Mark Twain once said that “golf is a good walk spoiled,” my experience of walking at Arlington National Cemetery has quite the opposite impact on me.
I have strolled the paths of the cemetery alone, with my family, with friends, as a tourist, as a resident of northern Virginia, and on a date with the woman I would eventually marry. I was there for my fiance’s grandmother’s interment with full military honors. Sometimes I was there for hours, taking in JFK’s eternal flame, going to see Robert E. Lee’s house, and reliving the changing of the guard. Other times I was there for a matter of minutes, stopping by when I had a free hour or so just so I could be there. Regardless of my personal circumstances, I was always struck by a deep sense of experience of the sacred. It was as if the breezes blowing through the trees echoed the voices of thousands of heroes, many of whom had lost their lives in defending my freedom. And the air just somehow exudes a sense of honor and of peace. I find myself humbled every time I go there.
I have been to other national cemeteries. My grandfather, Joe Wargo, was a veteran of World War II and Korea and is interred at Fort Logan National Cemetery in Denver. He passed away when I was 12 years old, and his burial is a blur in my mind. Years later I lived and worked in Denver, and I took the opportunity to visit him. After that 1998 visit I’ve been to Denver several times, but I haven’t made it back to Fort Logan to see him. I do regret that and I plan the next time I am there to not only visit my “Grandpa Joe,” but also to take in the cemetery, which provides an experience similar to that of going to Arlington.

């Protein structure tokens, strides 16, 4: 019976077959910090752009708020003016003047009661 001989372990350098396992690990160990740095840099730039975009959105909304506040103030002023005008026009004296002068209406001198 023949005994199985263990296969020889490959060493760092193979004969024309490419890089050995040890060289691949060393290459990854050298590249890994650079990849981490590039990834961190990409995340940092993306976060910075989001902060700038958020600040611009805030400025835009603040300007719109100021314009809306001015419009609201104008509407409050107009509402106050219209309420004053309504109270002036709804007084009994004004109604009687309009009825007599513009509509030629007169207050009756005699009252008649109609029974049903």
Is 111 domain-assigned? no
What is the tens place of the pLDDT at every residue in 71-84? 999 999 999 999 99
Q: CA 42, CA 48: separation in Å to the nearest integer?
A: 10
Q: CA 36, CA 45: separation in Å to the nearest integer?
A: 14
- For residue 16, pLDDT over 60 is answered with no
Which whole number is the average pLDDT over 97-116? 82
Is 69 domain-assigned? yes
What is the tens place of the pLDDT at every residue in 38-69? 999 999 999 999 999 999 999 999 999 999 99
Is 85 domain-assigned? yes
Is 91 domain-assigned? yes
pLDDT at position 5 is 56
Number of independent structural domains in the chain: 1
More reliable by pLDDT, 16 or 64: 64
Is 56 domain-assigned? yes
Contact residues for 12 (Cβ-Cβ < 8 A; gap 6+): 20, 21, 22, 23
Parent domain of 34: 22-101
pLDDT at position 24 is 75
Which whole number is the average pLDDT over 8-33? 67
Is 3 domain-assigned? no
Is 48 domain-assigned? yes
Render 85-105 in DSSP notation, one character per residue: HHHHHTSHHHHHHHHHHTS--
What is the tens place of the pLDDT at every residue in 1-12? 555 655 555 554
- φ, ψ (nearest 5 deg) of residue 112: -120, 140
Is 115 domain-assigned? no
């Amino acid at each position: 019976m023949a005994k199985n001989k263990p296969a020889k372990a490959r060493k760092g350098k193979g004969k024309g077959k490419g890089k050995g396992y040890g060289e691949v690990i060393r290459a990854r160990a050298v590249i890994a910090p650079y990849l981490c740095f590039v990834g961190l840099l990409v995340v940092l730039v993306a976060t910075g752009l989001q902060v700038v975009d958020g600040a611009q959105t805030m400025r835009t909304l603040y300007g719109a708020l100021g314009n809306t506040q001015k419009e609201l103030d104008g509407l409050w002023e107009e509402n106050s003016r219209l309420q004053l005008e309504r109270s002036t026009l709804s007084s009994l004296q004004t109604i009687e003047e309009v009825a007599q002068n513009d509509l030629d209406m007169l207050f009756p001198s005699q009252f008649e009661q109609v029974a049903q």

Most recently, I went to the Dallas-Fort Worth National Cemetery this past Saturday. I am a member of the Knights of Columbus Color Corps for my assembly, and I and several of my fellow Knights were there to practice for our role in the cemetery’s Veteran’s Day ceremony, which will take place tomorrow. We will stand at attention, swords raised and in full regalia, honoring our veterans – both those living and those who have passed on. We practiced our march surrounded by a ring of dozens of huge American flags which had been raised by community volunteers there for their own practice. And I could look nearly every direction and see those rows of pristine white grave markers which identify the final resting place of so many heroes. I’m looking forward to honoring them in one of the only tangible ways I can, standing at attention as wreaths are carried up for presentation and the hymn for each of the five branches of our military is played.
I’ve never served in our military. Sometimes I wish I had, particularly around this time of year. But I’ve had several relatives serve, and I’ve found myself surrounded at different points in my life with men and women who also chose to serve. Some were acquaintances with whom I worked, and many others were and are people I have the privilege of calling my friends. I want to publicly acknowledge and thank you and all veterans for your service on this, your day of November 11th. I also encourage any and all who read this to do the same, and to consider making a pilgrimage to one of our national cemeteries. Whether you are going for the first time or the 200th time, be sure to stand in silence for just a little while at some point and totally take in the place. Listen. Experience the sacred, for you are standing on hallowed ground.